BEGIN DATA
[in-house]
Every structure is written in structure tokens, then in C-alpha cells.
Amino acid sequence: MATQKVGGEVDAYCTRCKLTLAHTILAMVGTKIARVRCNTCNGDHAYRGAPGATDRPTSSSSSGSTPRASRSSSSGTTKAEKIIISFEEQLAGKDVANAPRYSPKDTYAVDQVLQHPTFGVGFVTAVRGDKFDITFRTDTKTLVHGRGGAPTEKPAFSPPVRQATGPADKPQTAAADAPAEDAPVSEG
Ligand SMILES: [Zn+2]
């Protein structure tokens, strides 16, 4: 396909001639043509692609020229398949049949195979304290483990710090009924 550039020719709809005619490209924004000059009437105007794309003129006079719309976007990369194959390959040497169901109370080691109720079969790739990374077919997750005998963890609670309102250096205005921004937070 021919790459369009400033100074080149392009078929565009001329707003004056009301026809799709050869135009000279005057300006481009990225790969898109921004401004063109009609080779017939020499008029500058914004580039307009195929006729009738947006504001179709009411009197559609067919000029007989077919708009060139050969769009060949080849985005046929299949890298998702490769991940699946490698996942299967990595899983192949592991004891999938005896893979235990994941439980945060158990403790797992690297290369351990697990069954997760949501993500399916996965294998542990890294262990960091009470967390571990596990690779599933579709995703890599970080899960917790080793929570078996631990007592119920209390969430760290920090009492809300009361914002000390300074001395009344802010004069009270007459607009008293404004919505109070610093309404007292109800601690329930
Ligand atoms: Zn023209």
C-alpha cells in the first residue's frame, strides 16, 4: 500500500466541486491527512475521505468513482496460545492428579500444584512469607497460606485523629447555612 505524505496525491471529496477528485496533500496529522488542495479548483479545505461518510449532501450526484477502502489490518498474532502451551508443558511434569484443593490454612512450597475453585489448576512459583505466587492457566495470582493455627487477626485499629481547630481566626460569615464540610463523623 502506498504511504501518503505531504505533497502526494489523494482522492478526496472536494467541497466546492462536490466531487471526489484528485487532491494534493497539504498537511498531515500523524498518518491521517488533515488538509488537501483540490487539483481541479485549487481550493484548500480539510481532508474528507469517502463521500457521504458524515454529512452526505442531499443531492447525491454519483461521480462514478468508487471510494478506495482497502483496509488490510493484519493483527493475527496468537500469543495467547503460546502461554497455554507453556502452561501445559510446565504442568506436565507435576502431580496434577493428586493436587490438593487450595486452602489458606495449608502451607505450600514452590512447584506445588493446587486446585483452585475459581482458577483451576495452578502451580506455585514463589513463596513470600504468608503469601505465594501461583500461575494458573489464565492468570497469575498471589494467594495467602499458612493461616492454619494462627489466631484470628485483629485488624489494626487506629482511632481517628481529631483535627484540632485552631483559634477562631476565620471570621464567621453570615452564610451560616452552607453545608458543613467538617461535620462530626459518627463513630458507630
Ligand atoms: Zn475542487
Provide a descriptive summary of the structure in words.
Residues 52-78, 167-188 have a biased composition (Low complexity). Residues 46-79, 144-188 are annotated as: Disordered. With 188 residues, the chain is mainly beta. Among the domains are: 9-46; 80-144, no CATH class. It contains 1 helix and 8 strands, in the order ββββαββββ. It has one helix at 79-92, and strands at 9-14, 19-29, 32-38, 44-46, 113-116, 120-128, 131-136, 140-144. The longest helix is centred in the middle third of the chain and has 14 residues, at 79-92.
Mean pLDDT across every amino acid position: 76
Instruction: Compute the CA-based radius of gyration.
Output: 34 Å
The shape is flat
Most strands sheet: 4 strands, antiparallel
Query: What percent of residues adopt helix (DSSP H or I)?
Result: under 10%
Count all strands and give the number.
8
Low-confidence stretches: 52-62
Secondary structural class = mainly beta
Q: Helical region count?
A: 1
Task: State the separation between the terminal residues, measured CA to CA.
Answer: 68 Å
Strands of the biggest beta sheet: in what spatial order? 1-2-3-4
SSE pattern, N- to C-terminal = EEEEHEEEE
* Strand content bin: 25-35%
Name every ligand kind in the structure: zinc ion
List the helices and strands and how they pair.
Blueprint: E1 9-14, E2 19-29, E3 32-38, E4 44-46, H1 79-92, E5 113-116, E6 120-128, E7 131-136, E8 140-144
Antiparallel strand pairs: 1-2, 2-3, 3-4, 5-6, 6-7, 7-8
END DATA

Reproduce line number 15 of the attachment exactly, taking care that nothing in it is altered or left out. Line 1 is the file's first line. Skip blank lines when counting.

Most strands sheet: 4 strands, antiparallel